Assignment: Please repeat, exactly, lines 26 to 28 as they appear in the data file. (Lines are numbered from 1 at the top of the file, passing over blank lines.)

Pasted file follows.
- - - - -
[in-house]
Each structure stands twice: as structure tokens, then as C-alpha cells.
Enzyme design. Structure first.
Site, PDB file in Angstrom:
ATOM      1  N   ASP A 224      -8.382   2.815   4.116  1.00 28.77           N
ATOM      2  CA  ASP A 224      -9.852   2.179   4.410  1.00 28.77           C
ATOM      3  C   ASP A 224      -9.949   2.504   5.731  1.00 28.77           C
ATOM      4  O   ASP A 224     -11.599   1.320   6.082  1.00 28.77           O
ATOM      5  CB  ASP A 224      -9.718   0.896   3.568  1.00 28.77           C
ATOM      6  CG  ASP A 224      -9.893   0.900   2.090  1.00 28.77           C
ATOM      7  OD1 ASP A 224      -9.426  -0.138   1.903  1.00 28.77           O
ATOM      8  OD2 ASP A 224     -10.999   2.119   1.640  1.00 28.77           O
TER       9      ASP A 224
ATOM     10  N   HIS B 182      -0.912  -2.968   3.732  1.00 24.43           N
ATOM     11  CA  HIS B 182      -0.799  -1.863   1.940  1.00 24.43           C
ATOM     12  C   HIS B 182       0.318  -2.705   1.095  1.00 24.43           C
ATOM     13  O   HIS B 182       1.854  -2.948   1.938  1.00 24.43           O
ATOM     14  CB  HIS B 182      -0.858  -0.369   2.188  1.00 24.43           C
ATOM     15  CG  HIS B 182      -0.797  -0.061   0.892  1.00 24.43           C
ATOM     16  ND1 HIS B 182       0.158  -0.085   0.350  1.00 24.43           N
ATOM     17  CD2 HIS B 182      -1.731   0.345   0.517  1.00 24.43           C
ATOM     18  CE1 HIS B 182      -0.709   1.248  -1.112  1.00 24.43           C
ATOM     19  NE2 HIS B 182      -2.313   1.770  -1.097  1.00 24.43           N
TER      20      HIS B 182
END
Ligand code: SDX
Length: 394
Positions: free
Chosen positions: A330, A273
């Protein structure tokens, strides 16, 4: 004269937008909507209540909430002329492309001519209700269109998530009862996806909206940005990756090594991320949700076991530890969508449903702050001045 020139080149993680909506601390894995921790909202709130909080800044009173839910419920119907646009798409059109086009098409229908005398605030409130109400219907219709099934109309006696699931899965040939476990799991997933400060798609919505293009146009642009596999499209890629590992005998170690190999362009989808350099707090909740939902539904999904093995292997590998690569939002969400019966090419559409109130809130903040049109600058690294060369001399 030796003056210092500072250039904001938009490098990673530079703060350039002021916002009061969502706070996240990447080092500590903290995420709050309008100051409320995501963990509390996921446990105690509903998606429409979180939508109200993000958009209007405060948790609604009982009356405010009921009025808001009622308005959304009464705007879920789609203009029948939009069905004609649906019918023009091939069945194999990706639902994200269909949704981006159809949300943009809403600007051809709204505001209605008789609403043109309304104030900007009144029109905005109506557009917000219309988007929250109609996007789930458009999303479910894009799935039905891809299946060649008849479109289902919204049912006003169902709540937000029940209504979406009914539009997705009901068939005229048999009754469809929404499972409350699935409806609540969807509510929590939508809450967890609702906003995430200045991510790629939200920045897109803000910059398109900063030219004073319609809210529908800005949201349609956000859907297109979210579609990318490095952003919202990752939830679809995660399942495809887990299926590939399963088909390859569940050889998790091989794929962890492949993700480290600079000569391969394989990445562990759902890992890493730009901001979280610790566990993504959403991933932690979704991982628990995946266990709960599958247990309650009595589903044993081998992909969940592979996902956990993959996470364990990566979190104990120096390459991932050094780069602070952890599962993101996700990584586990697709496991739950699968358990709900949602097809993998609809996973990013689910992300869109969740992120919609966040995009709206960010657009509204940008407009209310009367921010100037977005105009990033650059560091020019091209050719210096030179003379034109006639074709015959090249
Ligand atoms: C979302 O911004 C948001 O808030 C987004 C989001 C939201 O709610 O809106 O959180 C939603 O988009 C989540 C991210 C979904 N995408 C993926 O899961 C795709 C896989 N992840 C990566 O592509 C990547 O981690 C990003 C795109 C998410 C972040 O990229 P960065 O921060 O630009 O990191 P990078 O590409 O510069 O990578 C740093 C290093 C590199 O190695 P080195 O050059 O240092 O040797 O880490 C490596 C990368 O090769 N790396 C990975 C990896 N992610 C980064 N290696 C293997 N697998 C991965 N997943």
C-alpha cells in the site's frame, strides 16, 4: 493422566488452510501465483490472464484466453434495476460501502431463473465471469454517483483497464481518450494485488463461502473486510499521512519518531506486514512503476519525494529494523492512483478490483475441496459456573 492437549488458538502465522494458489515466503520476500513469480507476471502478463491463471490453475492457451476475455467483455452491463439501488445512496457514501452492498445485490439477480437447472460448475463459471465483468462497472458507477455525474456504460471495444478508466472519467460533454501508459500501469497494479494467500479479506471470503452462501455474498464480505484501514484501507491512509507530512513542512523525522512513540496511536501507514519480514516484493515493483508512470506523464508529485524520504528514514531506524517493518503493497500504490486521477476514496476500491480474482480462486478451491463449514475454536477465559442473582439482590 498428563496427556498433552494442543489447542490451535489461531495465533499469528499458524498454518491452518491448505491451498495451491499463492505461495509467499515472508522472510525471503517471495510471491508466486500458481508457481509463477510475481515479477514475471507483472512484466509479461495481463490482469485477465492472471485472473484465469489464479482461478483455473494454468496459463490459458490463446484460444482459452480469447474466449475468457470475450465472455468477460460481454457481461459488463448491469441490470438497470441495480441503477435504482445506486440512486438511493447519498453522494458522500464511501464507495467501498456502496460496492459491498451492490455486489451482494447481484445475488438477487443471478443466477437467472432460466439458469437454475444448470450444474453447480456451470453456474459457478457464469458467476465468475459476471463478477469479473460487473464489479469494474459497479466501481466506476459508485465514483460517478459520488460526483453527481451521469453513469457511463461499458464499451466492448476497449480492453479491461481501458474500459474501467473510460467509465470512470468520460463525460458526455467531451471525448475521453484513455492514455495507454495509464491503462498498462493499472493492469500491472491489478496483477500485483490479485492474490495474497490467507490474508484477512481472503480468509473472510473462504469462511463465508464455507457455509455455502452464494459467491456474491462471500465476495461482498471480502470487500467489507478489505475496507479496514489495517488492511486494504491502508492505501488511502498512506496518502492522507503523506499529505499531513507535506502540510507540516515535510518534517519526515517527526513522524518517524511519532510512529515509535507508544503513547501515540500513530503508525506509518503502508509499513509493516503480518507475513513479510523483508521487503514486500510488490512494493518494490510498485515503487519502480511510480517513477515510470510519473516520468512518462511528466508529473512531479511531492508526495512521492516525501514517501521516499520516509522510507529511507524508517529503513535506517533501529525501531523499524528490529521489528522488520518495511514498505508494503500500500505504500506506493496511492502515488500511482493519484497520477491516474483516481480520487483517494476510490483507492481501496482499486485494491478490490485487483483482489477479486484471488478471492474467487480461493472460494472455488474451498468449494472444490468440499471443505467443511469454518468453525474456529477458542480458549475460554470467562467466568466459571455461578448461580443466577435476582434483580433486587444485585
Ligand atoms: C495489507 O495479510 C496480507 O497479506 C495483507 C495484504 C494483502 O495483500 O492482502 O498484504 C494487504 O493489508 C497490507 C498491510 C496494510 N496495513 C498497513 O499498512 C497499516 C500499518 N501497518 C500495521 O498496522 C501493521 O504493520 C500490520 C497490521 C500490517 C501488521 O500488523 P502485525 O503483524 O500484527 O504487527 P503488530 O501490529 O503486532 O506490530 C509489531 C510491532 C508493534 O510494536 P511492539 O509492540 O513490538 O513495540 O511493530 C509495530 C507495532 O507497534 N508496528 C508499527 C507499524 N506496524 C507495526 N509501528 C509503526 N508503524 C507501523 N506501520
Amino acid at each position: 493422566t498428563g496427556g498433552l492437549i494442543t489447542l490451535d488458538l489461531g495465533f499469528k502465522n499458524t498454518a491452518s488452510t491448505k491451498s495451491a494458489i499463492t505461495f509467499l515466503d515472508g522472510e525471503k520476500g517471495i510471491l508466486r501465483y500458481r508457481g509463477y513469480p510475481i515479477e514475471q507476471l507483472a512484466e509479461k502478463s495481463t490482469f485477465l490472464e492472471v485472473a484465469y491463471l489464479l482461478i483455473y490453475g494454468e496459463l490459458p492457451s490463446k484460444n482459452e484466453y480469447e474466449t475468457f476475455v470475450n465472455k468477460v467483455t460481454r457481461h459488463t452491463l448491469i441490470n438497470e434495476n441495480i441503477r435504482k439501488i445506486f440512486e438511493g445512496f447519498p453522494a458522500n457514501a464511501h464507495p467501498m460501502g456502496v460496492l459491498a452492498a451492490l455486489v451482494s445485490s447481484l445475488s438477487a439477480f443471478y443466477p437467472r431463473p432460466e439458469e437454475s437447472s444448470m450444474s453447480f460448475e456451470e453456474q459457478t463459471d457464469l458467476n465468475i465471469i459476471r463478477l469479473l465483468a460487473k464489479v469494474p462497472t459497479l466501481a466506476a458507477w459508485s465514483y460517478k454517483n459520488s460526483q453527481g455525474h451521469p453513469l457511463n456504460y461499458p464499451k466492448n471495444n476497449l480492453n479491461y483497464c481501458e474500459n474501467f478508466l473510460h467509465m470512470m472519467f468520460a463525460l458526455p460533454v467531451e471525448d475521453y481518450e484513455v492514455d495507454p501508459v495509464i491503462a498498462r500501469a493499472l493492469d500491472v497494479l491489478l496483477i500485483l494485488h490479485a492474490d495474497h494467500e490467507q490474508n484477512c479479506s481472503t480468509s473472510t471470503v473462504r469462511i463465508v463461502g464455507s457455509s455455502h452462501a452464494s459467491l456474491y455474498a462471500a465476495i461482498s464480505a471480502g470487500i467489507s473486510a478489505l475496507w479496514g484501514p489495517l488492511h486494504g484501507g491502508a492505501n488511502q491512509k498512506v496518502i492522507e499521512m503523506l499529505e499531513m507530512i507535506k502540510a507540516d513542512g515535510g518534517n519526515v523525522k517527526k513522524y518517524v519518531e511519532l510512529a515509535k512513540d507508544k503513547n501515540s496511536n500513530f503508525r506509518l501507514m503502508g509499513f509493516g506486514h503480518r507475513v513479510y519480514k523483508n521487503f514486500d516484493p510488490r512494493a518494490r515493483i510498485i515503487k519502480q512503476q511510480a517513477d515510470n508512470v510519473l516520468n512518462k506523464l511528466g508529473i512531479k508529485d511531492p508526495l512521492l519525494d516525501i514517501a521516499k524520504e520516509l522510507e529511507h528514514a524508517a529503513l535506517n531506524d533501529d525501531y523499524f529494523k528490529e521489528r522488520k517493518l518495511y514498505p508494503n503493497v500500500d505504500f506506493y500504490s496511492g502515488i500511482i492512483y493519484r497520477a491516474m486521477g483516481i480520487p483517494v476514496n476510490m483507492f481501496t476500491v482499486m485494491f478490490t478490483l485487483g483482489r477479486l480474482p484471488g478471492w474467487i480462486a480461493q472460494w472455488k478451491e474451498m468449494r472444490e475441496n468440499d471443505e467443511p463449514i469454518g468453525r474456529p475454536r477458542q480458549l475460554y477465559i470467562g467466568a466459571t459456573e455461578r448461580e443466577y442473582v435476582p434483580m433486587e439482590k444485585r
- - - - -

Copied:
Ligand code: SDX
Length: 394
Positions: free